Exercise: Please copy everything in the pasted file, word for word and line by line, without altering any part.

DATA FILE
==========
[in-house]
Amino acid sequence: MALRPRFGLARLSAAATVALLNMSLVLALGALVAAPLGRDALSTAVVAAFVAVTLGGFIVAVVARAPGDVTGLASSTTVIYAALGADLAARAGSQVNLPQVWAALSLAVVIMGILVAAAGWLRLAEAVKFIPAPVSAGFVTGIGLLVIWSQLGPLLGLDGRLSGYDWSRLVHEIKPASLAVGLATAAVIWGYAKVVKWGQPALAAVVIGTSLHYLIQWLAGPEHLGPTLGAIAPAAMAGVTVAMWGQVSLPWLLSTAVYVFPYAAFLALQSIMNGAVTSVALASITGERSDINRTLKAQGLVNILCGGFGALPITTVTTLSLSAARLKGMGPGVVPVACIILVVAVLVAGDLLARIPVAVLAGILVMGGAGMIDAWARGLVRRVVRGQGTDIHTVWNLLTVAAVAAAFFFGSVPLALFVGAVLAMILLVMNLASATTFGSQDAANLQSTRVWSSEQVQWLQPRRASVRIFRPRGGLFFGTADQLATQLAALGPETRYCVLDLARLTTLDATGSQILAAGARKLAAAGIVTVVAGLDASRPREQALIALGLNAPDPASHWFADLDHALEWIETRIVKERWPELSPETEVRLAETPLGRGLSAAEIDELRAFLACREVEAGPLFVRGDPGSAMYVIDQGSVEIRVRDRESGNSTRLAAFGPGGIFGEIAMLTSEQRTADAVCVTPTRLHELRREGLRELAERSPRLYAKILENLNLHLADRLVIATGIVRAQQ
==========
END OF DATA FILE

[in-house]
Amino acid sequence: MALRPRFGLARLSAAATVALLNMSLVLALGALVAAPLGRDALSTAVVAAFVAVTLGGFIVAVVARAPGDVTGLASSTTVIYAALGADLAARAGSQVNLPQVWAALSLAVVIMGILVAAAGWLRLAEAVKFIPAPVSAGFVTGIGLLVIWSQLGPLLGLDGRLSGYDWSRLVHEIKPASLAVGLATAAVIWGYAKVVKWGQPALAAVVIGTSLHYLIQWLAGPEHLGPTLGAIAPAAMAGVTVAMWGQVSLPWLLSTAVYVFPYAAFLALQSIMNGAVTSVALASITGERSDINRTLKAQGLVNILCGGFGALPITTVTTLSLSAARLKGMGPGVVPVACIILVVAVLVAGDLLARIPVAVLAGILVMGGAGMIDAWARGLVRRVVRGQGTDIHTVWNLLTVAAVAAAFFFGSVPLALFVGAVLAMILLVMNLASATTFGSQDAANLQSTRVWSSEQVQWLQPRRASVRIFRPRGGLFFGTADQLATQLAALGPETRYCVLDLARLTTLDATGSQILAAGARKLAAAGIVTVVAGLDASRPREQALIALGLNAPDPASHWFADLDHALEWIETRIVKERWPELSPETEVRLAETPLGRGLSAAEIDELRAFLACREVEAGPLFVRGDPGSAMYVIDQGSVEIRVRDRESGNSTRLAAFGPGGIFGEIAMLTSEQRTADAVCVTPTRLHELRREGLRELAERSPRLYAKILENLNLHLADRLVIATGIVRAQQ